Poison Ivy – The Worst Weed
Poison Ivy is the Worst Weed
From the Norris NPR interview of Dr. Lewis Ziska, plant physiologist for the USDA:
Many people are allergic to poison ivy, a vine with triple leaf clusters.
“Even if you barely brush up against it, you can get an angry, weeping, contagious, red rash that takes weeks to heal. Well, it turns out that poison ivy, along with its voracious cousins poison oak and poison sumac, is even more of a nuisance this summer. The plants are spreading faster, growing larger, showing up in new places and becoming more toxic. It’s the kind of thing that’s so scary, it almost deserves its own soundtrack.”
So why is Poison Ivy the worst weed in 2010?
“One of the things that we think is occurring is that as carbon dioxide is increasing in the atmosphere. Carbon Dioxide is a basic greenhouse gas, but it’s also plant food. And plants take that carbon, and they convert it into sugars and carbohydrates and so forth.
“But not all plants respond the same way to that resource, and we think that vines, particularly vines like poison ivy or kudzu or other noxious weeds, seem to show a much stronger response to the change in CO2 than other plant species. So on average, the poison ivy plant of 1901, can grow up to 60 percent larger as of 2010 just from the change in CO2 alone, all other things being equal.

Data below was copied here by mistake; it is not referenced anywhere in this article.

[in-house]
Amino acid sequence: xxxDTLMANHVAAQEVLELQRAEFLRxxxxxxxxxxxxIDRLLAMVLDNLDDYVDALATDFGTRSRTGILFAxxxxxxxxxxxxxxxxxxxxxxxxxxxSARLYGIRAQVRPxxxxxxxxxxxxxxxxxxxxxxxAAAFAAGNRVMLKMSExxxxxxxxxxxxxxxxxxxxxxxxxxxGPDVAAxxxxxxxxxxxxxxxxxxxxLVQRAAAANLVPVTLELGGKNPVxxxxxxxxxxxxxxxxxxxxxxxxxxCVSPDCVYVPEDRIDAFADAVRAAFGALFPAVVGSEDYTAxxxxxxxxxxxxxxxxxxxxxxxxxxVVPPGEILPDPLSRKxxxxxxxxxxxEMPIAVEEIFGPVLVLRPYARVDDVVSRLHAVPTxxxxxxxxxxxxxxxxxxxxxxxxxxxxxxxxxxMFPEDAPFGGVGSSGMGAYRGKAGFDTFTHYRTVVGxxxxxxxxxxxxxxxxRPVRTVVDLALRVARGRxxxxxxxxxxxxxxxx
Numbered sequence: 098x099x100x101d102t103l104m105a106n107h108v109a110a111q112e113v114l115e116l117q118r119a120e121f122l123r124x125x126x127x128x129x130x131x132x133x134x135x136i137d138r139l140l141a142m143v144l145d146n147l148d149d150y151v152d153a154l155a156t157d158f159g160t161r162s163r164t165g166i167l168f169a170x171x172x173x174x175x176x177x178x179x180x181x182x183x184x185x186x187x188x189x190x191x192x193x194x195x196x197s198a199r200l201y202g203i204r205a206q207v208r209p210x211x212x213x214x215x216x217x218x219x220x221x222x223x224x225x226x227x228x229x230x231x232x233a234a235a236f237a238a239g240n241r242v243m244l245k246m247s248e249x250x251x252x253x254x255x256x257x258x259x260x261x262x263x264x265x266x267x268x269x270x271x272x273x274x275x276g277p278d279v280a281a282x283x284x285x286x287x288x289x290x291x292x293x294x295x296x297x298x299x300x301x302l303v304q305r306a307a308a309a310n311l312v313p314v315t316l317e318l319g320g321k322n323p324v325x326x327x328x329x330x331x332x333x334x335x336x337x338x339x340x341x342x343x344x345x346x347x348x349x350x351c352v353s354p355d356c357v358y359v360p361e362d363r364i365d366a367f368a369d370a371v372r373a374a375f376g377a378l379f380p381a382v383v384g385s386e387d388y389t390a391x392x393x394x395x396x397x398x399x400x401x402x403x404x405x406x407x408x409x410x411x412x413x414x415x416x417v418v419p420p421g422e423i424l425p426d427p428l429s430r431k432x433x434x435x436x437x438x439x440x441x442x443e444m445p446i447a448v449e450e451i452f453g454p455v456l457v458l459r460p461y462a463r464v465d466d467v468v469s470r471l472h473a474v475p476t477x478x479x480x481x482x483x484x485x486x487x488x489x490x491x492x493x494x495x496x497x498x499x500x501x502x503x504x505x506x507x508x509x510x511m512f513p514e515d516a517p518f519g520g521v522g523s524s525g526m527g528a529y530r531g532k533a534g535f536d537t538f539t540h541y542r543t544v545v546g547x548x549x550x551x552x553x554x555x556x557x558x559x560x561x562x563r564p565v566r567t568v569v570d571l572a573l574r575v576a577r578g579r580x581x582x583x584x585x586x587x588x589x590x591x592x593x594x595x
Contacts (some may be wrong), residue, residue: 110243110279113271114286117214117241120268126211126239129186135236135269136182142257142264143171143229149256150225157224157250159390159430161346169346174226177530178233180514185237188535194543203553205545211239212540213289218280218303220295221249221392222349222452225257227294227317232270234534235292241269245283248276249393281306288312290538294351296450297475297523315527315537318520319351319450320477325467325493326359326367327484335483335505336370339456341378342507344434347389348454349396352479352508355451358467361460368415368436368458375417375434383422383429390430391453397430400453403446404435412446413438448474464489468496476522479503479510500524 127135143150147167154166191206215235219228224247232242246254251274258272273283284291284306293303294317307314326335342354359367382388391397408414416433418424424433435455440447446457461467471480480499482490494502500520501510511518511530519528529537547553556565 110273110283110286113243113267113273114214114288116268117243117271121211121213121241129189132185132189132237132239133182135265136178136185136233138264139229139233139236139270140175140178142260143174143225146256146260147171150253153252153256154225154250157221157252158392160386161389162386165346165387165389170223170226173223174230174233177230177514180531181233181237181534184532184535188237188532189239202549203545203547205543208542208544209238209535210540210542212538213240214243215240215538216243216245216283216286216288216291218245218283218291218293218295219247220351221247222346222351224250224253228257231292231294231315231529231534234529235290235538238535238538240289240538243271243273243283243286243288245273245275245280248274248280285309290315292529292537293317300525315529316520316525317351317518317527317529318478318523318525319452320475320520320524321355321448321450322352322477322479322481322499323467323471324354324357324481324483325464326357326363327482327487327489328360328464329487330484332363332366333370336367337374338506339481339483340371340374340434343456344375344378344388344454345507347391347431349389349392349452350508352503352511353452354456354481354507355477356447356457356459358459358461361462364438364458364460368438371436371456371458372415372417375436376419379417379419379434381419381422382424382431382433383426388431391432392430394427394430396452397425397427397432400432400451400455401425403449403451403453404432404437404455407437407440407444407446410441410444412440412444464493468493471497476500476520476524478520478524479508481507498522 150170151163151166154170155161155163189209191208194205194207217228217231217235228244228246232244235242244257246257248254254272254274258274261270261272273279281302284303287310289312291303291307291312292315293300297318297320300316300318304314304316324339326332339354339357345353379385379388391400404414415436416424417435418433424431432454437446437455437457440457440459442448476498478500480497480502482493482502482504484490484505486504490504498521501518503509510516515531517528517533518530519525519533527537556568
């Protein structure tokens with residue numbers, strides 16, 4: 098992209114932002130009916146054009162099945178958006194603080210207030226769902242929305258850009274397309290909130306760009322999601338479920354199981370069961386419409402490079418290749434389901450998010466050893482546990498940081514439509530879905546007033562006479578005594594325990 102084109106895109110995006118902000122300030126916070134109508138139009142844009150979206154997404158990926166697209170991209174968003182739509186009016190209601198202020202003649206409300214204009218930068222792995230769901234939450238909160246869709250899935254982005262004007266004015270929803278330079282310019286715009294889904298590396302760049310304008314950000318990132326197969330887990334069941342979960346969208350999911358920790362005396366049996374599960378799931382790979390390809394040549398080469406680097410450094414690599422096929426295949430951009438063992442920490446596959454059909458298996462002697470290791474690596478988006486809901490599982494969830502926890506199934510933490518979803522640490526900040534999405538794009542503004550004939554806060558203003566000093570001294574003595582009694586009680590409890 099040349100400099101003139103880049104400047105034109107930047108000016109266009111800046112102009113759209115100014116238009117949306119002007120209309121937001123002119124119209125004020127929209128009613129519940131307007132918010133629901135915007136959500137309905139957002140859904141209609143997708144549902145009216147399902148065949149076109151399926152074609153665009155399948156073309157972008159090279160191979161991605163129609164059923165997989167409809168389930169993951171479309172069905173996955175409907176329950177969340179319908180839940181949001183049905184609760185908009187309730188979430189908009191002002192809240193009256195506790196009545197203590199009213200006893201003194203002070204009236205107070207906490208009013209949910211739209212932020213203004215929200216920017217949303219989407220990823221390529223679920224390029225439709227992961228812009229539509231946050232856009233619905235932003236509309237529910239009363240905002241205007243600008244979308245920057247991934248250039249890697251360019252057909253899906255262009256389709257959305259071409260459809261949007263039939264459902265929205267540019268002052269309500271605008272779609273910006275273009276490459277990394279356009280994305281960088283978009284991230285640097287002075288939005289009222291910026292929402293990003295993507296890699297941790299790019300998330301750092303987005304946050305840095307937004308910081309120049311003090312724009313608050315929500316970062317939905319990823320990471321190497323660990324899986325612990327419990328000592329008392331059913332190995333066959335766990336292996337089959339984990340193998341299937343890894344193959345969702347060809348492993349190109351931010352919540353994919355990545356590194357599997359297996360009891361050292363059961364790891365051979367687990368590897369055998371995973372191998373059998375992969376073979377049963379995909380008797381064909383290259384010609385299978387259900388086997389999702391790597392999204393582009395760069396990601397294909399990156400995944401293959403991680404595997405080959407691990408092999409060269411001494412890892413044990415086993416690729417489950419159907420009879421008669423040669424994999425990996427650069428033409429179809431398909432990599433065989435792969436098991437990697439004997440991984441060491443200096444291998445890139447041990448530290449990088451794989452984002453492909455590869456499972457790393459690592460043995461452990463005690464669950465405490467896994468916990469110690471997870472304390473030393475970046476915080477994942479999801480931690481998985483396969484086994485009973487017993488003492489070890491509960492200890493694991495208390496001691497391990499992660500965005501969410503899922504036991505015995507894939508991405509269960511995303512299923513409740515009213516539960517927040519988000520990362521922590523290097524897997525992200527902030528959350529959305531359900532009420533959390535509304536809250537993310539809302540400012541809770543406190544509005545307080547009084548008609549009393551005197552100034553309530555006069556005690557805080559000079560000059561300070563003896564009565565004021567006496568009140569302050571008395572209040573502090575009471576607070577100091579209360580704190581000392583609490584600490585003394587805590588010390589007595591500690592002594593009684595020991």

“And as a result of that change, we see not only more growth but also a more virulent form of the oil within poison ivy. The oil is called urushiol, and it’s that oil that causes that causes that rash to occur on your skin…”
Unfortunately, pulling poison ivy (if you are not allergic) often breaks the vine off above ground, and leaves the root system underground. This is like the Sorcerer’s Apprentice chopping the mops in half, and they multiply like a hydra head. So as much as an organic gardener hates to admit it, poisoning poison ivy is the best way to fight it. Just one problem: Poisons do not work very well either. Here are some photos of Poison Ivy after using 2 different brands of “Poison Ivy Herbicide” after 2 weeks. While dumping the herbicides on the areas will kill everything there, you can see here a few squirts of poison sometimes barely wilts the leaves, even when there is no rain.
Although I have mercy on most other wild plants that people call weeds, I have no mercy on poison ivy because my mother is very allergic to it. Poison Ivy threats to take over as many gardens as it can get itself into, and after years of killing it, it has remained in the same area for over 40 years. Somewhere underground, there must be a mother root of poison ivy continuously sending out branches. Crabgrass and Wisteria are the same way; there seems to be no way to stop them from coming back within a 40 foot area. If you have any success stories, please post them below!
Top Five Worst Weeds (not useful or harmful)
1. Poison Ivy
2. Crab Grass
3. Wisteria & Kudzu (aesthetic but strong, fast growing and extremely destructive vines)
4. English Ivy, Virginia Creeper, Honey Suckle (aesthetic but damaging vines)
5. Thistles, Briers, Burrs
Top Five Best Weeds (useful as food for humans and bees)
1. Lambs Quarters
5. Wild Spinaches, Mustards, Flowers, etc…